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Frequently asked questions (FAQ)




General:

  1. What does “Ergopedia” mean?  Our company's name is Greek for learning (“pedia”) by doing (“ergo”).  This motto is also at the core of our company's instructional philosophy.
  2. What is the meaning of the Greek symbols in Ergopedia's logo?  The Ergopedia logo contains two Greek symbols: the Greek letter Є (“epsilon”), which stands for “Ergo”; and the Greek letter π (“pi”), which stands for “pedia.”

Essential Physics:

  1. What grade levels are appropriate for Essential Physics? The physics curriculum is suitable for introductory levels through AP Physics B. The curriculum has been written to satisfy 100% of state standards.
  2. What are the prerequisites for students to take Essential Physics?  Students generally have taken algebra and have covered the basic concepts of geometry and trigonometry (Pythagorean theorem, sine, cosine, and tangent) prior to taking high school physics.  Nonetheless, these mathematical topics are re-introduced in Essential Physics in order to reinforce the instruction of the other STEM disciplines.
  3. Will Essential Physics work for both my standard physics and honors physics classes?  Yes!  There are three key features in the design of the Essential Physics curriculum that will allow you to tailor the content to the level of your physics classes.  First, the spiral content structure of the book means that many concepts are introduced at a conceptual level, but brought up again later in the book in more depth.    Second, the expandable paragraphs feature of the e-Book allows the teacher to expand the curriculum for the honors students, thereby providing a deeper and more challenging course. Finally, in some chapters the state standards are covered in the first section or two, while the last section of the chapter includes a depeer and more mathematical treatment well-suited to more advanced students.
  4. Will Essential Physics work as an Advanced Placement Physics B text?  The Essential Physics curriculum covers all the major topics of the AP Physics B standards.  Some more advanced material is available to teachers in the expanded paragraphs feature, where interested students and educators can access additional text, mathematics, and multimedia features in the e-Book. (In submitting your course materials to the College Board, you may want to include a college-level text as supplementary material to satisfy the audit.)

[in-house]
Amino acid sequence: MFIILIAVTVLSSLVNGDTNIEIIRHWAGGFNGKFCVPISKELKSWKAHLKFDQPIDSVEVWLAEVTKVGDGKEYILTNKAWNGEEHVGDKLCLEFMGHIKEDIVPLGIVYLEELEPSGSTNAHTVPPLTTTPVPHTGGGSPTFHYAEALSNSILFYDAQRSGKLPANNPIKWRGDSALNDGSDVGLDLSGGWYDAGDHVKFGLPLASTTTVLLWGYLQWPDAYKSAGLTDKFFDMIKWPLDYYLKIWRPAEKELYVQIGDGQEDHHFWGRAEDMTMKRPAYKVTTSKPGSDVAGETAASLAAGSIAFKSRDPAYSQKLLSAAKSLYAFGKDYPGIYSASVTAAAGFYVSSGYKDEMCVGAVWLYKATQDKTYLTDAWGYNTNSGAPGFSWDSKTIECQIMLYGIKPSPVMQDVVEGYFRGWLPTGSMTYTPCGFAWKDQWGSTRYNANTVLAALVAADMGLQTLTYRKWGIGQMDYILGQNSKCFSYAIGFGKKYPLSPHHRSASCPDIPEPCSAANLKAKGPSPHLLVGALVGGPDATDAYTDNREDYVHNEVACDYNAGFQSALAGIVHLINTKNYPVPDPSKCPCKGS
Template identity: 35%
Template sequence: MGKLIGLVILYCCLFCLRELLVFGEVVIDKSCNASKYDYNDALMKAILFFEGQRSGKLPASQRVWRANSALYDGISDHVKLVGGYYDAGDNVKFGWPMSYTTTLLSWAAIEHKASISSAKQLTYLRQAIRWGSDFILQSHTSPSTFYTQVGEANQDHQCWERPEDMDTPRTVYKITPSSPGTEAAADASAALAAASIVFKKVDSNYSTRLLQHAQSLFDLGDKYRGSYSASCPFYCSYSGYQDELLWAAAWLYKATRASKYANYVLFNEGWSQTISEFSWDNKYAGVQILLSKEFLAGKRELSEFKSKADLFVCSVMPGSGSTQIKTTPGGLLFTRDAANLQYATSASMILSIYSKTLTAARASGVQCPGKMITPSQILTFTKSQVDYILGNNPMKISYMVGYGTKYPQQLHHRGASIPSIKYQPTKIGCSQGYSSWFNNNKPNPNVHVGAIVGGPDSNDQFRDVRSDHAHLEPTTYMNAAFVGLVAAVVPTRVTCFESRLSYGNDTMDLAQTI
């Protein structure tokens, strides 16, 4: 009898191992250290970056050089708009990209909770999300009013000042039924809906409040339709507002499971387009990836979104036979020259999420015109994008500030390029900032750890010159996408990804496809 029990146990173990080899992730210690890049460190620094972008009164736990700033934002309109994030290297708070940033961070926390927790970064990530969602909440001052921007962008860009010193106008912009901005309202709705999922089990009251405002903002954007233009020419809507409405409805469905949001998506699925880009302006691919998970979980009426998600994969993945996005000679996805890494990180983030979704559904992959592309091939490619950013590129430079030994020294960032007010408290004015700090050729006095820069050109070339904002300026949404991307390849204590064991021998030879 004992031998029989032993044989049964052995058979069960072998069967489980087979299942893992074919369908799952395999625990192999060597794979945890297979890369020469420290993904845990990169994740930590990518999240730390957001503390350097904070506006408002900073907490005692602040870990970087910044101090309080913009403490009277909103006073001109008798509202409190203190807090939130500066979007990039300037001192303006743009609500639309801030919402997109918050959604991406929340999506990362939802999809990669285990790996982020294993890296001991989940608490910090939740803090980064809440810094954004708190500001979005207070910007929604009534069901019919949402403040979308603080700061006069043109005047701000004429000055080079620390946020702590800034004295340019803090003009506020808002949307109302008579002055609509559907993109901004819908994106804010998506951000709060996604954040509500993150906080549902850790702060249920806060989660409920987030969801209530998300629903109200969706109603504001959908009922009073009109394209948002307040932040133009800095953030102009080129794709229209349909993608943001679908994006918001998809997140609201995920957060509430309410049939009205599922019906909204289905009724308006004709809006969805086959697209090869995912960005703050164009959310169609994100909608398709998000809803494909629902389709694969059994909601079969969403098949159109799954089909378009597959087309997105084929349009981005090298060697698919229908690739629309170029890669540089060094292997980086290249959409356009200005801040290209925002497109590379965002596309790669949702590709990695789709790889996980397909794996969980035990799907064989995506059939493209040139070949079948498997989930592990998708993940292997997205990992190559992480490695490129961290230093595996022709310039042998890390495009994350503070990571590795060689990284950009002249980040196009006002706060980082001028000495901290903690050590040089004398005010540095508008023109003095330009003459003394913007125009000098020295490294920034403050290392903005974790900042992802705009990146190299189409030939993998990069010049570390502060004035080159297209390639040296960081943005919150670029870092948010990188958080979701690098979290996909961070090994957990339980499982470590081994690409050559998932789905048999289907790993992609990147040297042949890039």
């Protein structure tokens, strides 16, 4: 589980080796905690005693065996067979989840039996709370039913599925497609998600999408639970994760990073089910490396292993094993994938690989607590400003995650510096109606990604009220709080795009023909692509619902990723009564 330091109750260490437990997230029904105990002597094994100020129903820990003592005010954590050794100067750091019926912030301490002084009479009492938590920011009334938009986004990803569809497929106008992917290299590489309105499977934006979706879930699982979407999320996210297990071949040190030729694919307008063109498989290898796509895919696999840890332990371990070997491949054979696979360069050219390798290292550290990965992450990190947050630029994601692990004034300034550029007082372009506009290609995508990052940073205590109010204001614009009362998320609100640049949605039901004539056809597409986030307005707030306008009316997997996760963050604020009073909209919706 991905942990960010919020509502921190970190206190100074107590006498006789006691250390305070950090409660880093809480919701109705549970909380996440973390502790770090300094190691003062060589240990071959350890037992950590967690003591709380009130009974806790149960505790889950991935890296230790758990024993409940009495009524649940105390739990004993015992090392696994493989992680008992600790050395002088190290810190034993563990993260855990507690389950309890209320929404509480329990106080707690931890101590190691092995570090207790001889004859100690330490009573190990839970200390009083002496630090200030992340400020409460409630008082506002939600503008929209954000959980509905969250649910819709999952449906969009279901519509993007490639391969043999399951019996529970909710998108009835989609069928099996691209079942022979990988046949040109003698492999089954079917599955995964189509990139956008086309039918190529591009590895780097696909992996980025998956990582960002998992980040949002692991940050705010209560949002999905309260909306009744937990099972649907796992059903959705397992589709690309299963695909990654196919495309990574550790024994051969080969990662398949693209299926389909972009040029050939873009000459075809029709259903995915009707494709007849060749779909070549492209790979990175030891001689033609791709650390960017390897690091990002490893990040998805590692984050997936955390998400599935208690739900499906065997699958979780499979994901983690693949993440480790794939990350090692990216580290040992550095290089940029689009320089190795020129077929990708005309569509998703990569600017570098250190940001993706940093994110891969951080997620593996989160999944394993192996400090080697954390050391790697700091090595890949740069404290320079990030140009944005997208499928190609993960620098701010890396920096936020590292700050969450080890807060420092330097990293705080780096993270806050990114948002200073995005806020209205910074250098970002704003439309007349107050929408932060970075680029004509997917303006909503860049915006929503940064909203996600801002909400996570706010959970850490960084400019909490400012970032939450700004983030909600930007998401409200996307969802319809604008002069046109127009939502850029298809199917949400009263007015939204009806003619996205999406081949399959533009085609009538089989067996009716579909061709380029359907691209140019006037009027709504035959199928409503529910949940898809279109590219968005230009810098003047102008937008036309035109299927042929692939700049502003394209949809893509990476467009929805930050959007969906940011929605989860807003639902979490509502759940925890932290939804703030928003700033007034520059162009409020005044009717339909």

5. What is included in the full Essential Physics curriculum?  Essential Physics is sold with the e-Book, printed student text, teacher's edition, and an equipment kit with apparatus to conduct the investigations.  Each equipment kit is normally shared in the classroom among a small group of students working collaboratively.
  6. How many sets of laboratory equipment will I need for my classroom?  Most teachers plan on having 2–5 students work collaboratively with one set of laboratory equipment.  A typical high school physics classroom may need approximately six sets of equipment.

e-Book for Essential Physics:

  1. Do I have to install software to read your e-Book on my computer?  The e-Book requires no additional software to be installed on your computer or mobile device.  The e-Book is read using a web browser.  An Internet connection is not necessary because the e-Book can be stored directly on your computer. Alternatively, you can use an access code to read the e-Book online at http://www.essential-physics.com/.
  2. Will your e-Book run on my computer or mobile device?  The e-Book runs on virtually all computers or mobile devices; all it needs is a standard browser.  No connection to the Internet is needed.  The e-Book has been designed from the ground up to use HTML5, which has become the new standard Internet programming language for the browsers on both computers and mobile devices.  No software needs to be installed—none!—not even Flash.
  3. I hate using videos in my classroom because they always take too long to download during class time.  Won't your videos have the same problem?  All the videos and animations for Essential Physics are integrated directly into the e-Book. There is no need to access the Internet to play the videos or animations.  When you press “play” for the video, or mouse-over the animation, they play immediately because the content is already stored on your computer.